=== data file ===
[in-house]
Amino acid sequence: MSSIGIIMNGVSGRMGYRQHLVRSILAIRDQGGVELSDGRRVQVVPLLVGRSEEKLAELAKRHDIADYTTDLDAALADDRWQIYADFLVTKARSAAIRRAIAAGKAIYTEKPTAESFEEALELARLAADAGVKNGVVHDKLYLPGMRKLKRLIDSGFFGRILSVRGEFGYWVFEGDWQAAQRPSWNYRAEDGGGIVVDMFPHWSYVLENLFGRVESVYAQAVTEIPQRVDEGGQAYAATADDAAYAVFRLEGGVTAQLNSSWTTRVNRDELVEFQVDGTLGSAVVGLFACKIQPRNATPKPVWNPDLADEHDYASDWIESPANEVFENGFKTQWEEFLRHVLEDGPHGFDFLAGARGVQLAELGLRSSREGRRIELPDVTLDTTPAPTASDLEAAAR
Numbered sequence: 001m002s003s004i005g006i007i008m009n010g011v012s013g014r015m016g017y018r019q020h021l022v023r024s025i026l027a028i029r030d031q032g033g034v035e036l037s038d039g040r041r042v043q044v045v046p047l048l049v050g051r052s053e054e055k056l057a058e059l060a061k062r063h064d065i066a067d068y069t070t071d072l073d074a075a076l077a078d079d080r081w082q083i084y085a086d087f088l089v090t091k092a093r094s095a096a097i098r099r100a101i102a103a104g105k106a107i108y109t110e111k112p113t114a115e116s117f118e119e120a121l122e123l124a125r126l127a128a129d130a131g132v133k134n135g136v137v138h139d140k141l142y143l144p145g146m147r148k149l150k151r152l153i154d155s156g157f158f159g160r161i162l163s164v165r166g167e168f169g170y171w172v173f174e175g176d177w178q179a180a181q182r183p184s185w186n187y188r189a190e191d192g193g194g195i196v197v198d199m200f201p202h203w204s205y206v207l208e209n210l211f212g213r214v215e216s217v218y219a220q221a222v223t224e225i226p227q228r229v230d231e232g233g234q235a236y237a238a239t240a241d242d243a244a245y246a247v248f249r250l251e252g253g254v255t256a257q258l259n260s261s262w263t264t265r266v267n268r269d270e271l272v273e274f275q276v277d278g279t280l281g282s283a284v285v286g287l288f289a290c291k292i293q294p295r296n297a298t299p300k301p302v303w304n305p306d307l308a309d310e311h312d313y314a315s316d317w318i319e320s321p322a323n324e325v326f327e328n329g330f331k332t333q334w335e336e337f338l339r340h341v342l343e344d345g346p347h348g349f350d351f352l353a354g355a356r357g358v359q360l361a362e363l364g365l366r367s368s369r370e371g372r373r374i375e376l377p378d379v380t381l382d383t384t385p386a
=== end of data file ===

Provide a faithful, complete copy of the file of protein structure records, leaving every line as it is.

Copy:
[in-house]
Amino acid sequence: MSSIGIIMNGVSGRMGYRQHLVRSILAIRDQGGVELSDGRRVQVVPLLVGRSEEKLAELAKRHDIADYTTDLDAALADDRWQIYADFLVTKARSAAIRRAIAAGKAIYTEKPTAESFEEALELARLAADAGVKNGVVHDKLYLPGMRKLKRLIDSGFFGRILSVRGEFGYWVFEGDWQAAQRPSWNYRAEDGGGIVVDMFPHWSYVLENLFGRVESVYAQAVTEIPQRVDEGGQAYAATADDAAYAVFRLEGGVTAQLNSSWTTRVNRDELVEFQVDGTLGSAVVGLFACKIQPRNATPKPVWNPDLADEHDYASDWIESPANEVFENGFKTQWEEFLRHVLEDGPHGFDFLAGARGVQLAELGLRSSREGRRIELPDVTLDTTPAPTASDLEAAAR
Numbered sequence: 001m002s003s004i005g006i007i008m009n010g011v012s013g014r015m016g017y018r019q020h021l022v023r024s025i026l027a028i029r030d031q032g033g034v035e036l037s038d039g040r041r042v043q044v045v046p047l048l049v050g051r052s053e054e055k056l057a058e059l060a061k062r063h064d065i066a067d068y069t070t071d072l073d074a075a076l077a078d079d080r081w082q083i084y085a086d087f088l089v090t091k092a093r094s095a096a097i098r099r100a101i102a103a104g105k106a107i108y109t110e111k112p113t114a115e116s117f118e119e120a121l122e123l124a125r126l127a128a129d130a131g132v133k134n135g136v137v138h139d140k141l142y143l144p145g146m147r148k149l150k151r152l153i154d155s156g157f158f159g160r161i162l163s164v165r166g167e168f169g170y171w172v173f174e175g176d177w178q179a180a181q182r183p184s185w186n187y188r189a190e191d192g193g194g195i196v197v198d199m200f201p202h203w204s205y206v207l208e209n210l211f212g213r214v215e216s217v218y219a220q221a222v223t224e225i226p227q228r229v230d231e232g233g234q235a236y237a238a239t240a241d242d243a244a245y246a247v248f249r250l251e252g253g254v255t256a257q258l259n260s261s262w263t264t265r266v267n268r269d270e271l272v273e274f275q276v277d278g279t280l281g282s283a284v285v286g287l288f289a290c291k292i293q294p295r296n297a298t299p300k301p302v303w304n305p306d307l308a309d310e311h312d313y314a315s316d317w318i319e320s321p322a323n324e325v326f327e328n329g330f331k332t333q334w335e336e337f338l339r340h341v342l343e344d345g346p347h348g349f350d351f352l353a354g355a356r357g358v359q360l361a362e363l364g365l366r367s368s369r370e371g372r373r374i375e376l377p378d379v380t381l382d383t384t385p386a